During proliferation, activated T cells undergo a cell cycling process. To understand the mechanisms underlying the action of BD750, we characterized T cell cycling and found that following stimulation with anti-CD3/anti-CD28 a significantly higher proportion of BD750-treated T cells was at the G0/G1 phase, as compared with vehicle-treated T cells. Furthermore, treatment with BD750 significantly reduced the levels of cyclin D3 and CDK 6 expression in anti-CD3/anti-CD28-stimulated T cells. These data clearly indicate that BD750 induced activated T cell cycling arrest at the G0/G1 phase, which may contribute to the inhibition of T cell proliferation. IL-2 can promote cell cycle progression and proliferation of activated T cells through the JAK3/STAT5 (Moriggl et al., 1999), PI3K/AKT and mTOR/p70S6K pathways (Stallone et al., 2005). To further understand the mechanisms underlying the action of BD750, we demonstrated that BD750 inhibited IL-2-induced CTLL-2 cell and primary activated T cell proliferation. Although treatment with BD750 did not modulate Akt and p70S6K expression and phosphorylation, the STAT5 phosphorylation was significantly reduced by BD750 in both IL-2-induced CTLL-2 cells and primary activated T cells. Given that the JAK3/STAT5 signalling pathway is crucial for activated T cell proliferation (Pesu et al., 2005), the dramatic inhibitory effect of BD750 on STAT5 activation may underlie its inhibitory effect on T cell proliferation. We are interested in further investigating whether BD750 interferes with IL-2 binding to its receptor and/or downstream cytokine receptor phosphorylation, limiting the recruitment of STAT5 and subsequent STAT5 activation in activated T cells.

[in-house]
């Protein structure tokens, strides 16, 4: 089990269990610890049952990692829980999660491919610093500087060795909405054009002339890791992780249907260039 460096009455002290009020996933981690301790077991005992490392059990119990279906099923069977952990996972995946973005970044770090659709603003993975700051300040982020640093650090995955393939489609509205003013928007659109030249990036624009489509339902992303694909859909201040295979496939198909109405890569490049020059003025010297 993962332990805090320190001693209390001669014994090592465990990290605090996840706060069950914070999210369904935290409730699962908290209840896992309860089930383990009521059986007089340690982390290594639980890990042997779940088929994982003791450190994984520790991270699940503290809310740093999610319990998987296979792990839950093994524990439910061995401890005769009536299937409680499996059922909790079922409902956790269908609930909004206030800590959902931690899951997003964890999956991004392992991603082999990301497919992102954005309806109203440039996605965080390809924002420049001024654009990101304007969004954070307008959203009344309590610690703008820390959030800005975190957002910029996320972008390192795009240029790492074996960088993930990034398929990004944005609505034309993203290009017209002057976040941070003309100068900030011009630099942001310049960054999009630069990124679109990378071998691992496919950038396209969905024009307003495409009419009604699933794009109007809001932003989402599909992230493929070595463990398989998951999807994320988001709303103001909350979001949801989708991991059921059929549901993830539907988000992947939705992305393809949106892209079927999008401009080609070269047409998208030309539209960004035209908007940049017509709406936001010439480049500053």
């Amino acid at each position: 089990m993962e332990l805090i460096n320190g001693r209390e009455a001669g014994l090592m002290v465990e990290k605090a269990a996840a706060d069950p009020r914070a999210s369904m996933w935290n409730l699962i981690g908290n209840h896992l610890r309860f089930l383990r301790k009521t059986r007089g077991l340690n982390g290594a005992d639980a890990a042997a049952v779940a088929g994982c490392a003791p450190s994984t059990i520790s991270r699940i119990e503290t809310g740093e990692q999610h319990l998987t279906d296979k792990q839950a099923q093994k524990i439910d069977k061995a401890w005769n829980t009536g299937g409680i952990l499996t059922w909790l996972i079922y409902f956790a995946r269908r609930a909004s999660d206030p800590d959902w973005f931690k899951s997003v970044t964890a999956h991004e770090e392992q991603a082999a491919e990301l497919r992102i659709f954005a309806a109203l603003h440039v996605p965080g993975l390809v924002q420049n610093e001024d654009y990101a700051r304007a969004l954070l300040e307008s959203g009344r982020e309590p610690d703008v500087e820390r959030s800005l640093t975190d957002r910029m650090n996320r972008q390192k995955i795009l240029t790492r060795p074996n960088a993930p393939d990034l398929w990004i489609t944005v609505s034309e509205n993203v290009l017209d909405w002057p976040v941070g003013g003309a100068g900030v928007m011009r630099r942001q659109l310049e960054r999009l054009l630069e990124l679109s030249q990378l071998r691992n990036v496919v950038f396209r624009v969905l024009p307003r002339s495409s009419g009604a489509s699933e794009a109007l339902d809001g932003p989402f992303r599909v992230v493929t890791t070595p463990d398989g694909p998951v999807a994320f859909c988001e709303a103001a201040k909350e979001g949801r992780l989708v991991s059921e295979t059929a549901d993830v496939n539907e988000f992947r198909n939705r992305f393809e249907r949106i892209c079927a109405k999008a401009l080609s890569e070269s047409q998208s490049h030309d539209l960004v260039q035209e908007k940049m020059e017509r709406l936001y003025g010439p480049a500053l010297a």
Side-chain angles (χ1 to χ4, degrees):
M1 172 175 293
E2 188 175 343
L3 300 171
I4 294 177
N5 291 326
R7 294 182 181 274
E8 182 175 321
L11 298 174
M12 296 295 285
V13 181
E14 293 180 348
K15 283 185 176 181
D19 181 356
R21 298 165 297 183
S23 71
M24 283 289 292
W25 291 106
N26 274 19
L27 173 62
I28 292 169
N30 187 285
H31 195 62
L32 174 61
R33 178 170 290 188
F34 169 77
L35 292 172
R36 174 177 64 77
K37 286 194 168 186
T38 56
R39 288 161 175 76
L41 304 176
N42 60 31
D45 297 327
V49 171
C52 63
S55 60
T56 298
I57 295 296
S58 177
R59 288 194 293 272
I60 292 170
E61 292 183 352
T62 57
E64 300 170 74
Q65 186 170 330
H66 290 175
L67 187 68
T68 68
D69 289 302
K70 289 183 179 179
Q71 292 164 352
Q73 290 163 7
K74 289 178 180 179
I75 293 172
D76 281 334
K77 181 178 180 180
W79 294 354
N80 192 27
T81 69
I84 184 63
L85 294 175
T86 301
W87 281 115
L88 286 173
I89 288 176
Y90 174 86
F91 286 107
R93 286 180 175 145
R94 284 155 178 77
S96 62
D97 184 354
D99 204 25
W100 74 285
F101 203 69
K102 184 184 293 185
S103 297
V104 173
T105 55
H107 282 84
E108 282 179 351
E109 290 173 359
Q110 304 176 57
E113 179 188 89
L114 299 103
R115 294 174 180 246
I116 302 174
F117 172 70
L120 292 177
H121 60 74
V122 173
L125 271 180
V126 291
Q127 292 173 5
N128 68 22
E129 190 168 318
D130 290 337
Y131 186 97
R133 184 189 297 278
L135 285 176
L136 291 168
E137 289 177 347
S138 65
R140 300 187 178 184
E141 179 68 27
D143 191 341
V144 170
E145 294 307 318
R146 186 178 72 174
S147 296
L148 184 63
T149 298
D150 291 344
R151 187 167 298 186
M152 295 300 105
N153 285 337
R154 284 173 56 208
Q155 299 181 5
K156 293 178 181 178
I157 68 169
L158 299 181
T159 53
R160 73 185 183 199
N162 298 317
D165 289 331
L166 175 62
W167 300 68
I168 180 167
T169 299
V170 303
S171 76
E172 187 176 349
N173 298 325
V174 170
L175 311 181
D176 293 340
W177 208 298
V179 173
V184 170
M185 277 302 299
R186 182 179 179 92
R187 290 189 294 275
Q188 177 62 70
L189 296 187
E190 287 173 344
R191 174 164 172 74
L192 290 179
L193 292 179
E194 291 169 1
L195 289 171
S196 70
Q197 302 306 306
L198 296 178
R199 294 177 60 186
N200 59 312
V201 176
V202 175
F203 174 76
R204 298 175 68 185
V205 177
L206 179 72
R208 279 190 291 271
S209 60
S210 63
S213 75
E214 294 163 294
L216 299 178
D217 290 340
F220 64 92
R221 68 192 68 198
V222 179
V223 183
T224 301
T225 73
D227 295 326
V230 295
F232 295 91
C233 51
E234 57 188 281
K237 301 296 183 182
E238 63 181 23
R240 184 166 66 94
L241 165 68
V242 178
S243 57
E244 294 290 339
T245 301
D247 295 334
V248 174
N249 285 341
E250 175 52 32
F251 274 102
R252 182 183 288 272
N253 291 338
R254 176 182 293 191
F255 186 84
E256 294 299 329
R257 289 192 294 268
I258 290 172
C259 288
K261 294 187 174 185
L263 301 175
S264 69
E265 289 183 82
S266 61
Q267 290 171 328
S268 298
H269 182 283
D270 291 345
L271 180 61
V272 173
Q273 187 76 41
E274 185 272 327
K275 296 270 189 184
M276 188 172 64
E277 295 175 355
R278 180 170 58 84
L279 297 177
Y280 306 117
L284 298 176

The in vivo properties of BD750 were illustrated by its inhibitory effect on a T cell-mediated DTH response. T cells, particularly Th1 cells, are crucial players in the pathogenesis of DTH (Shi et al., 2012). Administration of BD750 attenuated the T cell-mediated DTH in mice in a dose-dependent manner in vivo. We did not observe any abnormality in food and water intake and other obvious signs of sickness, and all of mice survived in the experimental period. These data indicate that BD750 is safe and effective at inhibiting T cell-mediated inflammation in vivo.